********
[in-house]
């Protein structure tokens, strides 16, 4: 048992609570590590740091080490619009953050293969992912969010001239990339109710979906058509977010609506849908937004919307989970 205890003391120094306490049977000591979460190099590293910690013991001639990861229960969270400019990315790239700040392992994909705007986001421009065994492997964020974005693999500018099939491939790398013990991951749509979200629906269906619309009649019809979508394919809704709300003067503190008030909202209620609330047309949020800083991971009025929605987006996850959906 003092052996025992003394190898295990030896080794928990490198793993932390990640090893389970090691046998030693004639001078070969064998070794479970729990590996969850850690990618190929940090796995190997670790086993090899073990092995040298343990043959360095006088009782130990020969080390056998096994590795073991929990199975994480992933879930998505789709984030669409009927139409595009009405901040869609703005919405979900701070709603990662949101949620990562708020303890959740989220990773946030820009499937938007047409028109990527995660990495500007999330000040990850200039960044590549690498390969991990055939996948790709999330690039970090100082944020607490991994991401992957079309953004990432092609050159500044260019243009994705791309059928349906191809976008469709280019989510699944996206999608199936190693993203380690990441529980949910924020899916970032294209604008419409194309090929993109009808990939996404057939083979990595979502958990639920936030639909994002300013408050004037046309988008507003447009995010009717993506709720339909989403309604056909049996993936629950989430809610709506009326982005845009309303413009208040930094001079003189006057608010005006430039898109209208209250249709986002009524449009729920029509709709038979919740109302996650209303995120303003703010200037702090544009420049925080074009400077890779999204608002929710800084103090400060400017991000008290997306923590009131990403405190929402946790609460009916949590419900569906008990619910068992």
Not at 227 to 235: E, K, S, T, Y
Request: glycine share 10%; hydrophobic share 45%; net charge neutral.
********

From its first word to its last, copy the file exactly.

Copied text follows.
[in-house]
């Protein structure tokens, strides 16, 4: 048992609570590590740091080490619009953050293969992912969010001239990339109710979906058509977010609506849908937004919307989970 205890003391120094306490049977000591979460190099590293910690013991001639990861229960969270400019990315790239700040392992994909705007986001421009065994492997964020974005693999500018099939491939790398013990991951749509979200629906269906619309009649019809979508394919809704709300003067503190008030909202209620609330047309949020800083991971009025929605987006996850959906 003092052996025992003394190898295990030896080794928990490198793993932390990640090893389970090691046998030693004639001078070969064998070794479970729990590996969850850690990618190929940090796995190997670790086993090899073990092995040298343990043959360095006088009782130990020969080390056998096994590795073991929990199975994480992933879930998505789709984030669409009927139409595009009405901040869609703005919405979900701070709603990662949101949620990562708020303890959740989220990773946030820009499937938007047409028109990527995660990495500007999330000040990850200039960044590549690498390969991990055939996948790709999330690039970090100082944020607490991994991401992957079309953004990432092609050159500044260019243009994705791309059928349906191809976008469709280019989510699944996206999608199936190693993203380690990441529980949910924020899916970032294209604008419409194309090929993109009808990939996404057939083979990595979502958990639920936030639909994002300013408050004037046309988008507003447009995010009717993506709720339909989403309604056909049996993936629950989430809610709506009326982005845009309303413009208040930094001079003189006057608010005006430039898109209208209250249709986002009524449009729920029509709709038979919740109302996650209303995120303003703010200037702090544009420049925080074009400077890779999204608002929710800084103090400060400017991000008290997306923590009131990403405190929402946790609460009916949590419900569906008990619910068992």
Not at 227 to 235: E, K, S, T, Y
Request: glycine share 10%; hydrophobic share 45%; net charge neutral.